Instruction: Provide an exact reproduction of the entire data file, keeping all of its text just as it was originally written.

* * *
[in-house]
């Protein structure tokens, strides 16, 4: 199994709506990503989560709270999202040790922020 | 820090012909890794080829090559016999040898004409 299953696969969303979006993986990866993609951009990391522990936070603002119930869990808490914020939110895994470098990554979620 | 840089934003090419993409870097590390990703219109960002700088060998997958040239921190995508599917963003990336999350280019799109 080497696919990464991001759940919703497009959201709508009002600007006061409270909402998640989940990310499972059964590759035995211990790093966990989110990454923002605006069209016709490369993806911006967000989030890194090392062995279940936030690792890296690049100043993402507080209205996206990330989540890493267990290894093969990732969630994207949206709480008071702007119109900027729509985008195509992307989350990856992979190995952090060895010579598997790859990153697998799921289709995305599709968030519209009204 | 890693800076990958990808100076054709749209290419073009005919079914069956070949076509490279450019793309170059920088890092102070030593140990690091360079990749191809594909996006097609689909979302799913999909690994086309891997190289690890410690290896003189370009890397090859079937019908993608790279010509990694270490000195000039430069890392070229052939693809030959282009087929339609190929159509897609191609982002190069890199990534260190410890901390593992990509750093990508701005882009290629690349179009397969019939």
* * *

[in-house]
């Protein structure tokens, strides 16, 4: 199994709506990503989560709270999202040790922020 | 820090012909890794080829090559016999040898004409 299953696969969303979006993986990866993609951009990391522990936070603002119930869990808490914020939110895994470098990554979620 | 840089934003090419993409870097590390990703219109960002700088060998997958040239921190995508599917963003990336999350280019799109 080497696919990464991001759940919703497009959201709508009002600007006061409270909402998640989940990310499972059964590759035995211990790093966990989110990454923002605006069209016709490369993806911006967000989030890194090392062995279940936030690792890296690049100043993402507080209205996206990330989540890493267990290894093969990732969630994207949206709480008071702007119109900027729509985008195509992307989350990856992979190995952090060895010579598997790859990153697998799921289709995305599709968030519209009204 | 890693800076990958990808100076054709749209290419073009005919079914069956070949076509490279450019793309170059920088890092102070030593140990690091360079990749191809594909996006097609689909979302799913999909690994086309891997190289690890410690290896003189370009890397090859079937019908993608790279010509990694270490000195000039430069890392070229052939693809030959282009087929339609190929159509897609191609982002190069890199990534260190410890901390593992990509750093990508701005882009290629690349179009397969019939």